This is troubling, because many of the resources in Edgewater lie in the central portion of the neighborhood, while much of the population lives in the Edgewater Beach area, making an easily traversable, and pleasant connection between these two areas very necessary for incentivizing pedestrian usage of North Broadway. For residents from the western portions of the neighborhoods, an effective connection between Broadway and Sheridan is also necessary to access important lakefront parks like Lincoln Park. For this reason, I propose a redesign of these streets to create better connections between the Edgewater Beach area and the rest of the neighborhood. These improved connections will create corridors that are safe and enjoyable to incentivize the mingling of residents from all parts of the neighborhood.
Specific interventions along this street will include a complete pedestrianization of Bryn Mawr Avenue. Bryn Mawr Avenue is already a very successful pedestrian zone, something that has been remarked upon already in this piece, however, it has the potential to be an even more powerful and unique public space that attracts visitors from all over Chicago. This is especially true because of Bryn Mawr Avenue’s orientation along the Red Line, other central bus lines, and Lake Shore Drive, providing easy access to residents of Edgewater and the greater Chicago area alike. Below is a diagram of the current layout of Bryn Mawr Avenue.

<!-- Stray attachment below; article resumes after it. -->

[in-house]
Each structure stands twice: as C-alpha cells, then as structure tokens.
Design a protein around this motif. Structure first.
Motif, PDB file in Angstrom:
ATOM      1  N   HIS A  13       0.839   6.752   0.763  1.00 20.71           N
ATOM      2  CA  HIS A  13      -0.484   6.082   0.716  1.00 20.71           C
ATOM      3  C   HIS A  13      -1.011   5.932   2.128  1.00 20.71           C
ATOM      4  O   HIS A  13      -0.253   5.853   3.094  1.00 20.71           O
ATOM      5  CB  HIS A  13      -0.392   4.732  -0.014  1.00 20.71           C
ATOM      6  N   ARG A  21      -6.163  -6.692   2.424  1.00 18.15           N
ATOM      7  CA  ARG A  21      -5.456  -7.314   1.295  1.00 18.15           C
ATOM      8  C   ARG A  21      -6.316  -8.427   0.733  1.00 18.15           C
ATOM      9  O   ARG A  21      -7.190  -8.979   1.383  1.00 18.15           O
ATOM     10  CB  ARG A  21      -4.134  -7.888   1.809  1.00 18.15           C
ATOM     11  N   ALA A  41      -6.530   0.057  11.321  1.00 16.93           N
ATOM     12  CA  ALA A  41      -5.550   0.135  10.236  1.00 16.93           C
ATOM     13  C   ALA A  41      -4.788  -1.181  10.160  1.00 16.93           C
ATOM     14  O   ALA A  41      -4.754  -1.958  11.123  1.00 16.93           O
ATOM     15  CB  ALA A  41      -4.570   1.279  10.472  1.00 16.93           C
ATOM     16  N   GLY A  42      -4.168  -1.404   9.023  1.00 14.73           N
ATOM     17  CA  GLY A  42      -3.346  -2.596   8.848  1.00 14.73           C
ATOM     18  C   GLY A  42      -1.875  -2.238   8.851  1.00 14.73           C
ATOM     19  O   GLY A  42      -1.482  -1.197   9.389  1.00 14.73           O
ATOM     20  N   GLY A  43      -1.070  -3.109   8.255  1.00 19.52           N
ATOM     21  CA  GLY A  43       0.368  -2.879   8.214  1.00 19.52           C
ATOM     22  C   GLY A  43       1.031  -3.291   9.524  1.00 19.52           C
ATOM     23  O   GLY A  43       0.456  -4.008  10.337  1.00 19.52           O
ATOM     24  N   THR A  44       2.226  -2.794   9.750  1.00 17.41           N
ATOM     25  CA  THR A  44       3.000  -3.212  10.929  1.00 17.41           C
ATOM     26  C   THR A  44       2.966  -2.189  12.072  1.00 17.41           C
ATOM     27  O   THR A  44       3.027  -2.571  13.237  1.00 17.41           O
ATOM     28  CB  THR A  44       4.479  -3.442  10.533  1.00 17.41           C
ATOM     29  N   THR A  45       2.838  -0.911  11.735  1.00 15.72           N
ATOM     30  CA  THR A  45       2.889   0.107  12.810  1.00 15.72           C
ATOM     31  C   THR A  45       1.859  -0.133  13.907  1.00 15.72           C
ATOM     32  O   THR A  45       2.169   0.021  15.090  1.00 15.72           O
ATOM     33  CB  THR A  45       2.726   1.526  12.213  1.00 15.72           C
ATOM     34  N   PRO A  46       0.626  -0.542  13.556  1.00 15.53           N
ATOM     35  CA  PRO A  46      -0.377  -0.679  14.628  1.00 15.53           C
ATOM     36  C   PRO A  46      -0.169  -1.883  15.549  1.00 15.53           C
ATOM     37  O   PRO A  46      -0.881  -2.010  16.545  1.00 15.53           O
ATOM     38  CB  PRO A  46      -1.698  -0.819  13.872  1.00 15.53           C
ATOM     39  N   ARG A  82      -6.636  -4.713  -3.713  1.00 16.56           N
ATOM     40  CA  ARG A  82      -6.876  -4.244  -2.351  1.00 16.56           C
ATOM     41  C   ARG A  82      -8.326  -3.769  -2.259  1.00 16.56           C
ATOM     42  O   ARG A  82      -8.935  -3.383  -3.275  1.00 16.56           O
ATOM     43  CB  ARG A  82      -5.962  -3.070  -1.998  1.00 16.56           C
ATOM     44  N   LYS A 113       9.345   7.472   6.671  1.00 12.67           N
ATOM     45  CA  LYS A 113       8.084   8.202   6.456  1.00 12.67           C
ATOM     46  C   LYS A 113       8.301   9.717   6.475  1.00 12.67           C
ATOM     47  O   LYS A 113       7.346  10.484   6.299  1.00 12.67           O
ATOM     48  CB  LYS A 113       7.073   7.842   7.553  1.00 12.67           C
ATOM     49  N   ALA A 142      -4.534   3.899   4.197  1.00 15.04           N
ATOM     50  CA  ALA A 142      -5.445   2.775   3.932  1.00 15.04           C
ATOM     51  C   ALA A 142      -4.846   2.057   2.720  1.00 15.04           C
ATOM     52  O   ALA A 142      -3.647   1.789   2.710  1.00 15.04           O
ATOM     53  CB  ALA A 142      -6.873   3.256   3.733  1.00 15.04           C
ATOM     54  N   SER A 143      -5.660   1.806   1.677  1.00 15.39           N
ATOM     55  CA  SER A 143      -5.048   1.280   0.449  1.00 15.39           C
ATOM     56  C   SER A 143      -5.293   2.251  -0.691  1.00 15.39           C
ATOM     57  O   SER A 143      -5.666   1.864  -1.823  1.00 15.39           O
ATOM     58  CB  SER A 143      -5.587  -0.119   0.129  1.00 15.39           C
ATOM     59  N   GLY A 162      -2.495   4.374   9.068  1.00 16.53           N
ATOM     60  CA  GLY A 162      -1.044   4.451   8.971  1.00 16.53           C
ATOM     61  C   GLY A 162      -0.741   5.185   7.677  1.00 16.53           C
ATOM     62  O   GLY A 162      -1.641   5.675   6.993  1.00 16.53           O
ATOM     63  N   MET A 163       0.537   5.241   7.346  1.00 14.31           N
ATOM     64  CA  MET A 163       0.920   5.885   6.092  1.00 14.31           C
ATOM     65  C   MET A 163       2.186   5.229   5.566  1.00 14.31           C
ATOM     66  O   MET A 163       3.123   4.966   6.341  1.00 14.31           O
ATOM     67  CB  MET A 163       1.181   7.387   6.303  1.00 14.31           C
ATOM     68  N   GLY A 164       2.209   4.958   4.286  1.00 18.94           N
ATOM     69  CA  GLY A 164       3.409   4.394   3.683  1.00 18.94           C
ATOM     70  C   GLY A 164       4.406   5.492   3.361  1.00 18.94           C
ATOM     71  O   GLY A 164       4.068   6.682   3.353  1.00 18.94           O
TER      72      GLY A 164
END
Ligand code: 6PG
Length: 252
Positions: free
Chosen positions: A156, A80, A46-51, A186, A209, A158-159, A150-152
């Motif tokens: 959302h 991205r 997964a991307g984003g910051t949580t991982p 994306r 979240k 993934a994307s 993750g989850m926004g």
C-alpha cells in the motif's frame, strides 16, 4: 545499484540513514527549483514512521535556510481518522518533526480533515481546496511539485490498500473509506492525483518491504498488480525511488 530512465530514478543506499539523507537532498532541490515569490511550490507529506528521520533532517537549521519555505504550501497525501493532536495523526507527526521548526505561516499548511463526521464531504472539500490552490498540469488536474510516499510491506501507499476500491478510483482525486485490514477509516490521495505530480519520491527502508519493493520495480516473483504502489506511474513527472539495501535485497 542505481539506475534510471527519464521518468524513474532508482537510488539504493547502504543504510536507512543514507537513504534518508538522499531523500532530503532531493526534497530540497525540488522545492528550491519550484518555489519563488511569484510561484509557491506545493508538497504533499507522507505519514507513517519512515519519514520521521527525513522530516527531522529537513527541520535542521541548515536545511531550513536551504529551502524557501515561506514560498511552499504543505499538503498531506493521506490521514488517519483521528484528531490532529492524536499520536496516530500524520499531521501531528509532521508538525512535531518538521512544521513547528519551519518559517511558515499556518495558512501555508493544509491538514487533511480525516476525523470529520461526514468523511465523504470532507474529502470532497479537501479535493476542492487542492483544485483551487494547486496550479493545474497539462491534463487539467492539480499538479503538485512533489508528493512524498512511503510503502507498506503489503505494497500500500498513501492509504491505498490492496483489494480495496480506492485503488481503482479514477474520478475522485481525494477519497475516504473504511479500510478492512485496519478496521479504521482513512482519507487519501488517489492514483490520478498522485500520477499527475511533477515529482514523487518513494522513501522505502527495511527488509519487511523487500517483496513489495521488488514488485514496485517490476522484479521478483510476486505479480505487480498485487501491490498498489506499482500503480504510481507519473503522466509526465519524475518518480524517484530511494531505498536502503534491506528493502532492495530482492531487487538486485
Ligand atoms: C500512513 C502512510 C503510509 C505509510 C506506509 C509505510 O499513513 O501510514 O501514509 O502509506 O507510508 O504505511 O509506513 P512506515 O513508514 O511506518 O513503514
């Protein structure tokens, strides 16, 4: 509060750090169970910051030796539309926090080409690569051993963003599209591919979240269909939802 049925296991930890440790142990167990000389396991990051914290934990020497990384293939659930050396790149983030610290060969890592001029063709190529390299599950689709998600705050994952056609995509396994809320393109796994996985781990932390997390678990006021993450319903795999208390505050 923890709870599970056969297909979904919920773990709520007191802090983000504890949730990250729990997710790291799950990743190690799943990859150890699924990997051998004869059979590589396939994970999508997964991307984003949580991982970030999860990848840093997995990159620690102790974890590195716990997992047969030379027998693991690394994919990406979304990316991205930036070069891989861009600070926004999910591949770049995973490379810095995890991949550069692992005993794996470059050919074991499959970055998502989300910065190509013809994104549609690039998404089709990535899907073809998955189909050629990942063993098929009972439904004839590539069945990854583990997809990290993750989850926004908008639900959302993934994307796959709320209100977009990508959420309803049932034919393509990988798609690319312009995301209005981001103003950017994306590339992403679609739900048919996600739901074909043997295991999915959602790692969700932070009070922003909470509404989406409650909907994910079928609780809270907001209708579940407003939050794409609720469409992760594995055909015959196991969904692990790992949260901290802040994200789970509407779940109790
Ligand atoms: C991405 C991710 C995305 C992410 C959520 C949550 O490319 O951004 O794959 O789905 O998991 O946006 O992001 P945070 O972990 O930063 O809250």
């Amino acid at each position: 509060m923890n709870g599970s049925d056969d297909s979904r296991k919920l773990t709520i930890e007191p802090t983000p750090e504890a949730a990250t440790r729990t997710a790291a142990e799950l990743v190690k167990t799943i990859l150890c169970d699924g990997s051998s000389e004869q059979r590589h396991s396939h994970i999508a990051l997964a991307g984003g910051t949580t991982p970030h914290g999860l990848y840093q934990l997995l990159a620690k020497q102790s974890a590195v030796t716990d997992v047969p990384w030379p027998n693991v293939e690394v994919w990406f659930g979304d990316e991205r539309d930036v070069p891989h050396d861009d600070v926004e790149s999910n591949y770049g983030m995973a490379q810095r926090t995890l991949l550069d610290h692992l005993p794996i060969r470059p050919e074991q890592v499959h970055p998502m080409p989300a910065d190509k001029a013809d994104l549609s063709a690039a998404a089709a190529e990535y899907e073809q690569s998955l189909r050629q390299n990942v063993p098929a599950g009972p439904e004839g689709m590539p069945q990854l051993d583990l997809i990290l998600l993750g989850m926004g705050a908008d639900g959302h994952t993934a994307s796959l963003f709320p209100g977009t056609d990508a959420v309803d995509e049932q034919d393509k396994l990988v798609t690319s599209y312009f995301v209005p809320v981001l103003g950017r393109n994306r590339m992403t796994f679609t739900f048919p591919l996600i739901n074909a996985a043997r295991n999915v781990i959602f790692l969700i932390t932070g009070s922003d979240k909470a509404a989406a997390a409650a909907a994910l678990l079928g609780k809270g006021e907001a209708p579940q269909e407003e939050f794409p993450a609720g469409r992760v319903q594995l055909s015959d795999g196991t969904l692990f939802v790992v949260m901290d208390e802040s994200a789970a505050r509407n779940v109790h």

Figure 25: To-scale diagram of Bryn Mawr Avenue's street dimensions. Created using Streetmix.
My proposal begins by making the street one way running towards the west. This will reduce traffic and lower speeds, making this important thoroughfare, even more, pedestrian-friendly, and will have little disruption on the automobile patterns of the neighborhood. Currently, Bryn Mawr is used as a means to access Lake Shore Drive, but Hollywood Avenue, one block north of Bryn Mawr, is a four-lane road that accesses Lake Shore Drive directly, making the need for Bryn Mawr to be a two-way street for this reason redundant. Catalpa Avenue just to the south of Bryn Mawr runs one way to the east, making the need for Bryn Mawr to be one-way obsolete.